Social work, law, money and trust: paying for lawyers in child protection work

Dickens, Jonathan (2007) Social work, law, money and trust: paying for lawyers in child protection work. Journal of Social Welfare and Family Law, 28 (3-4). pp. 283-295. ISSN 0964-9069

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This article describes the impact of funding arrangements and resource constraints on the relationships between social workers and lawyers in child protection work in England. It draws on empirical data in order to show how social services staff and lawyers talk about the financial aspects of their inter‐professional relationship, particularly the language they use to justify their own perspective and to deflect the criticisms of the others. The article shows the shortcomings of ‘purchaser–provider’ arrangements in situations where the two sides have complex and overlapping responsibilities and where resources are limited. Rather than clarifying relationships, tight contracts and service‐level agreements can exacerbate tensions and compound mistrust. There are lessons for inter‐professional working more generally and, in particular, for the UK government's current reform programme, Every Child Matters.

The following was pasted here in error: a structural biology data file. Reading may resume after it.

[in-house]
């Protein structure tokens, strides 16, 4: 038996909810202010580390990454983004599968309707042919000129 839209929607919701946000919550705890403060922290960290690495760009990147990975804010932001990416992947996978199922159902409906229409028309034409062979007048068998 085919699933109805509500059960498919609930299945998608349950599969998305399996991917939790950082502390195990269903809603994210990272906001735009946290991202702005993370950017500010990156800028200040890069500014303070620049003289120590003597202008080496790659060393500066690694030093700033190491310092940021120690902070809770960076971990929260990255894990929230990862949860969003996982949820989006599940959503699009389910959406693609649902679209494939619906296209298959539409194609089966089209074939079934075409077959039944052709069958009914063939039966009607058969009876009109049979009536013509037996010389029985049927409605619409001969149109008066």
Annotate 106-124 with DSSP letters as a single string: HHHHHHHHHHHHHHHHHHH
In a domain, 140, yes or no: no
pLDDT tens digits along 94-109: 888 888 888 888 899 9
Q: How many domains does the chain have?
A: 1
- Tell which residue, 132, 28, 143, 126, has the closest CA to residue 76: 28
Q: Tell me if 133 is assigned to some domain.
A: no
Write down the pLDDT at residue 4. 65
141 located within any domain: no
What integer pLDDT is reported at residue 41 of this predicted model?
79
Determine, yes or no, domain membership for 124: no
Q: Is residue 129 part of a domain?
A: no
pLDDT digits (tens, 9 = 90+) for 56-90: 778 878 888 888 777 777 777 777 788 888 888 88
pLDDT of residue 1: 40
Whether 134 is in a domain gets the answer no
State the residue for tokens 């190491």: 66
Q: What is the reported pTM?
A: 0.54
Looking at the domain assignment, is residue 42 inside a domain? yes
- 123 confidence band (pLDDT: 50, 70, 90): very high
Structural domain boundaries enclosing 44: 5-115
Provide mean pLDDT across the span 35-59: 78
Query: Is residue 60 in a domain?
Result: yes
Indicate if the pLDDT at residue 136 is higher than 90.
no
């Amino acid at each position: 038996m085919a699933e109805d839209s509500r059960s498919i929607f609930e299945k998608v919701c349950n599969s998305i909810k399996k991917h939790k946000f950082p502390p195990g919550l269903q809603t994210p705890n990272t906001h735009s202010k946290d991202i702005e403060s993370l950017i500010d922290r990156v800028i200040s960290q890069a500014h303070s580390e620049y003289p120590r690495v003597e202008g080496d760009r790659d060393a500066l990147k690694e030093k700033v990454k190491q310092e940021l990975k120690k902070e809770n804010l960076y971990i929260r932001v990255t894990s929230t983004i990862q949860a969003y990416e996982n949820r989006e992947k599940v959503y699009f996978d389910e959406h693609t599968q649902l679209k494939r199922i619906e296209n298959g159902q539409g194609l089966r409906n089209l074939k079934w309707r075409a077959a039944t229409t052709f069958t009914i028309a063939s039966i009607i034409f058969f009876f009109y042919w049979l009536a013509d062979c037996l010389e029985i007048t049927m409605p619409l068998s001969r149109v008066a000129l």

Item Type: Article
Uncontrolled Keywords: social workers,lawyers,child protection,inter‐professional working,purchaser–provider split,every child matters
Faculty \ School: Faculty of Social Sciences
Faculty of Social Sciences > School of Social Work
Depositing User: Vishal Gautam
Date Deposited: 01 Sep 2006
Last Modified: 24 Oct 2022 01:46
DOI: 10.1080/09649060601119490

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